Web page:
Fenestrated Endografts for Complex Abdominal Aortic Aneurysm Repair

Arne de Niet, Michel MPJ Reijnen, Ignace Fj Tielliu, Jan Willem Hp Lardenoije, Clark J. Zeebregts

Research output: Chapter in Book/Report/Conference proceedingChapterAcademicpeer-review

3 Citations (Scopus)

Abstract

Since the introduction of fenestrated endovascular aneurysm repair (FEVAR) in 1996, great advances have been made in endograft development. Custom-made and off-the-shelf fenestrated and branched endografts have been used to treat patients with complex abdominal aortic and thoraco-abdominal aneurysms. Most experience has been gained with the Cook Zenith® fenestrated endograft (Cook Medical Inc., Limerick, Ireland). The Cook Zenith® endograft is customized with fenestrations, (fixed) inner or outer branches, or a combination of them, to cover a wide range of complex aneurysms. There are limitations to the number, location, and size of the fenestrations and to the maximal angulation of the aorta. Because the production of a custom-made fenestrated endograft takes several weeks, and is therefore not available for emergency cases, off-the-shelf fenestrated endograft were developed. One of these grafts was the Endologix Ventana™ (Endologix, Inc., Irvine, California). This endograft was withdrawn from enrollment due to a high reintervention rate. Vascutek Ltd. developed the custom-made Vascutek Fenestrated Anaconda™ endograft (Vascutek Ltd., Inchinnan, Scotland) to treat patients where other endografts were not suitable-like in a more tortuous aorta with an angulation up to 90°. Additionally, the unsupported proximal body enables a high number and large size of fenestrations if needed. First reports of custom-made fenestrated and (inner and outer) branched JOTEC E-xtra DESIGN ENGINEERING (JOTEC GmbH, Hechingen, Germany) for aortic aneurysms seem promising, but larger series need to be reported to be able to draw conclusions. Both custom-made Cook Zenith® and Vascutek Fenestrated Anaconda™ endografts have good reported clinical outcomes with a perioperative mortality between 4.1 and 6.7% and a reintervention rate of <10% at one year. Knowledge on the long-term outcome of both devices is still limited.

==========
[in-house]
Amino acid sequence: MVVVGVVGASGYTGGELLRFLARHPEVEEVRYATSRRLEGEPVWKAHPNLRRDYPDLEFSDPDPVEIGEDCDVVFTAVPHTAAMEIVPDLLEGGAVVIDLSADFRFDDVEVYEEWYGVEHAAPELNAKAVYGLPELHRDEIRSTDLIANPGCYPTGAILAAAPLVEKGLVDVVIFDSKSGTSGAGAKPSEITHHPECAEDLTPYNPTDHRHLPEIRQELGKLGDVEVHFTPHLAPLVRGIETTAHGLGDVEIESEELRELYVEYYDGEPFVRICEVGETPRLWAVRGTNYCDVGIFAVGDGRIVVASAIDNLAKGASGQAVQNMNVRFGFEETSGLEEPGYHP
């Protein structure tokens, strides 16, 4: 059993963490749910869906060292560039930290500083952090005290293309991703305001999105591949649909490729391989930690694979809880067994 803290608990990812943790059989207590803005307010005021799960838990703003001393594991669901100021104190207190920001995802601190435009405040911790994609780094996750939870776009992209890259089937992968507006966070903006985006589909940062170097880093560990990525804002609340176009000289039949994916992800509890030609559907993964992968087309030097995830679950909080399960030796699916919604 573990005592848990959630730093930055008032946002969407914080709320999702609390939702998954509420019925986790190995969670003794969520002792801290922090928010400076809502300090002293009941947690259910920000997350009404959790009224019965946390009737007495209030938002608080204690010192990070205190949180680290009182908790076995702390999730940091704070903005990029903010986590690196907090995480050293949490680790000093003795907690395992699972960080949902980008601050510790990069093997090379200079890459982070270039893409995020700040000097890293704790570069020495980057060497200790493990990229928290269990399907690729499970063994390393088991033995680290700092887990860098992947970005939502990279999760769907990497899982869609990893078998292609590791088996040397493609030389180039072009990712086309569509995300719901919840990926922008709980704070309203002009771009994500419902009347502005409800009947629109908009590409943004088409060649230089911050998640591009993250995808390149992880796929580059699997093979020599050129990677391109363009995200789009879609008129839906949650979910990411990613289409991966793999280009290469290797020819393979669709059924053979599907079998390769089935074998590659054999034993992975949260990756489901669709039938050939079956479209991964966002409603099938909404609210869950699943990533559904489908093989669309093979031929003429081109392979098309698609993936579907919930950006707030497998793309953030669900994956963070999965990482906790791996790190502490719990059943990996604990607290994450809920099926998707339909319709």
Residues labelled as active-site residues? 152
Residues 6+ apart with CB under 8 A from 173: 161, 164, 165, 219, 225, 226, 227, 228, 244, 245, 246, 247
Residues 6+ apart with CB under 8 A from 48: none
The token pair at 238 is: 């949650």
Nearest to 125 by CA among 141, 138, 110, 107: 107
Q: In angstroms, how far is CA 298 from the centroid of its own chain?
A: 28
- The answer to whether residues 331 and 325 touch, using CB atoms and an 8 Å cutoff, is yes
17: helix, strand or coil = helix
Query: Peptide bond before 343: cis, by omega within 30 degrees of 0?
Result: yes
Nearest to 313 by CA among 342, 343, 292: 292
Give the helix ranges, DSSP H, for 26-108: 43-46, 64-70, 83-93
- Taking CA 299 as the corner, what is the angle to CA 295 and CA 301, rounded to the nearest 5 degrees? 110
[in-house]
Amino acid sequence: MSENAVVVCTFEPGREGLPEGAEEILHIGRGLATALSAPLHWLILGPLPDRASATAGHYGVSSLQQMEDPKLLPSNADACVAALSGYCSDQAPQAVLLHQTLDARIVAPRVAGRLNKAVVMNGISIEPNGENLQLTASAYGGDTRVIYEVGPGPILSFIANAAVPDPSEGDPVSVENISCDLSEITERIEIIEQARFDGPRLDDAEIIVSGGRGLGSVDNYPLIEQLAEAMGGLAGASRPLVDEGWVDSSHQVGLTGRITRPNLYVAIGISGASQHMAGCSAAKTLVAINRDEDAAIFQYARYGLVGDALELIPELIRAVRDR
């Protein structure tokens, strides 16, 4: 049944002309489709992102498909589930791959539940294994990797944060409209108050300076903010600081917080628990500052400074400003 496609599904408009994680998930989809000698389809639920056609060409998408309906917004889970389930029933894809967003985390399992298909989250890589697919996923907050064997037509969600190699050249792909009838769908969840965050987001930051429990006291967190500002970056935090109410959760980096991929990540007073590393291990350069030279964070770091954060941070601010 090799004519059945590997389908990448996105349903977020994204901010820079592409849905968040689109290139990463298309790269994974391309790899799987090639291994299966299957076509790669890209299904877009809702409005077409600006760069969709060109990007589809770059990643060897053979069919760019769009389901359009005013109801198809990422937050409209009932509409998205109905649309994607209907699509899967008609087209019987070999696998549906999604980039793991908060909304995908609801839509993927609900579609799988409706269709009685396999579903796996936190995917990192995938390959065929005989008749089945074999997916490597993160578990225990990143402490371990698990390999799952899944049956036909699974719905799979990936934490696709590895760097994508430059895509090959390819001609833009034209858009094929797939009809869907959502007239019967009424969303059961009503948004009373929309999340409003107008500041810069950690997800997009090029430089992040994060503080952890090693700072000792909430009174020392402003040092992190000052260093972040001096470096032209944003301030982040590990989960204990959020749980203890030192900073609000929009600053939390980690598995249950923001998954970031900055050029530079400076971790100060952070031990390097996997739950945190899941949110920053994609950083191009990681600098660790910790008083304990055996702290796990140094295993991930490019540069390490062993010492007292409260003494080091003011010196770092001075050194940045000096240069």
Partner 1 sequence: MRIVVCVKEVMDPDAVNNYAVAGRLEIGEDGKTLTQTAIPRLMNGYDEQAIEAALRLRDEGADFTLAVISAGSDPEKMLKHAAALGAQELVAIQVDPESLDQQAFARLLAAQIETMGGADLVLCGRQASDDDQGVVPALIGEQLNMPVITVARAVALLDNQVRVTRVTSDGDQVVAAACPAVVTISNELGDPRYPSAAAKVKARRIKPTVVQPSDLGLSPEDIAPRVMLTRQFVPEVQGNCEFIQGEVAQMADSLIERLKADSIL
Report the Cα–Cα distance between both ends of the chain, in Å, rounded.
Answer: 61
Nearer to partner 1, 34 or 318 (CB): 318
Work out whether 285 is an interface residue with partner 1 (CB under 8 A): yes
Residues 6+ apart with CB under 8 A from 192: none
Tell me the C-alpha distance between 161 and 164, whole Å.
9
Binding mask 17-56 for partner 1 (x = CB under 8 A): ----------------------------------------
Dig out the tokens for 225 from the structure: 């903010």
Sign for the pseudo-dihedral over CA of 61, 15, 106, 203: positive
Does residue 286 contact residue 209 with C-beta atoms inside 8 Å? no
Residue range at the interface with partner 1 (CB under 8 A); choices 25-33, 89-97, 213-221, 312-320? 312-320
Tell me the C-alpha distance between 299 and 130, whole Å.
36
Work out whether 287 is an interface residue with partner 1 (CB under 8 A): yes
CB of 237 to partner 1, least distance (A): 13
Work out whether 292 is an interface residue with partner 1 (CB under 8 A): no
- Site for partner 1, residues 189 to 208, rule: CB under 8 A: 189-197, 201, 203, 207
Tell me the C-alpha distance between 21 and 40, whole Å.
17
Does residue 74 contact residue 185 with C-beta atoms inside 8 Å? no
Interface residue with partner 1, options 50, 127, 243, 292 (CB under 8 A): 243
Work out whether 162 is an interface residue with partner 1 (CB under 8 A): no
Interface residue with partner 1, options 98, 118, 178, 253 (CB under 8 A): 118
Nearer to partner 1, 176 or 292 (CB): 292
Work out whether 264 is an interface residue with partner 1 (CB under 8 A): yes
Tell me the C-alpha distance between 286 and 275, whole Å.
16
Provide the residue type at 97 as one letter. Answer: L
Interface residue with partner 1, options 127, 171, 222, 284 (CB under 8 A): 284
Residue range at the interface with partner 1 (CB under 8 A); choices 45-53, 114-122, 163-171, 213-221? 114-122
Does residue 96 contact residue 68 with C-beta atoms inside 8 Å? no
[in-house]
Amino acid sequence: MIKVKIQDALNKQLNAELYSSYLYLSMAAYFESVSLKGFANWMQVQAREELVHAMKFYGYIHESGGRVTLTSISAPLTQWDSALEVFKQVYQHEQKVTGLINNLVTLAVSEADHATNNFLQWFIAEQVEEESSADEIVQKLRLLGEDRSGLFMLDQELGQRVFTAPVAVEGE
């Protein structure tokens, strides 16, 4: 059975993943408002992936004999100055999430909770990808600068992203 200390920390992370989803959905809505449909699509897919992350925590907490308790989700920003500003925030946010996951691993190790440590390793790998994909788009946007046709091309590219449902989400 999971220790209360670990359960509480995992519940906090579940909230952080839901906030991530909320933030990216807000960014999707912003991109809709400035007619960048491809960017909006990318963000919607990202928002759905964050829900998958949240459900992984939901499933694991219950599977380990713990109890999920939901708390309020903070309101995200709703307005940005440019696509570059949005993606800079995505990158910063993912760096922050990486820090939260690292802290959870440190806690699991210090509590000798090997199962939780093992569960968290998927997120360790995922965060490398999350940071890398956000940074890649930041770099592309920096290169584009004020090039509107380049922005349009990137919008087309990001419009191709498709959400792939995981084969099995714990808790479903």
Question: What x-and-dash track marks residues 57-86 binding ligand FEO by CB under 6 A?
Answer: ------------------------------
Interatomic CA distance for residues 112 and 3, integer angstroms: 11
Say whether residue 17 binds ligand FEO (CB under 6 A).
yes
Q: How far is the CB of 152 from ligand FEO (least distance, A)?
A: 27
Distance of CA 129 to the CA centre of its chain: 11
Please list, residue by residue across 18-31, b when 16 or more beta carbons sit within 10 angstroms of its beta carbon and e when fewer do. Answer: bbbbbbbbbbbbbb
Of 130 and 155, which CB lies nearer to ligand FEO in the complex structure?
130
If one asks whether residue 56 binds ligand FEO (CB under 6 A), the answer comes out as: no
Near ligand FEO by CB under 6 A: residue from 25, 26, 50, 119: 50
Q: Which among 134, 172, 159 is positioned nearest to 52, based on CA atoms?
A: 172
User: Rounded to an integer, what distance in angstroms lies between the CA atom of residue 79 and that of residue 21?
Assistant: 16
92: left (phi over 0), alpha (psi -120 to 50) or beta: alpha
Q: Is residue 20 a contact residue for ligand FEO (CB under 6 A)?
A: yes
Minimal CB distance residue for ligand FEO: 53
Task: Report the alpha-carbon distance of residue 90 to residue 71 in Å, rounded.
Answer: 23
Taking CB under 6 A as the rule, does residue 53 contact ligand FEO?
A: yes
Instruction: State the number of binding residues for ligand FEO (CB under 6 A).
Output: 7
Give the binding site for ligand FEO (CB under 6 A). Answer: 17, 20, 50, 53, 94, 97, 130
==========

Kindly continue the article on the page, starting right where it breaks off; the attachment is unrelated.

Original languageEnglish
Title of host publicationSurgical Technology International
Pages220-230
Number of pages11
Edition29th edition
Publication statusPublished - 26 Oct 2016
Externally publishedYes

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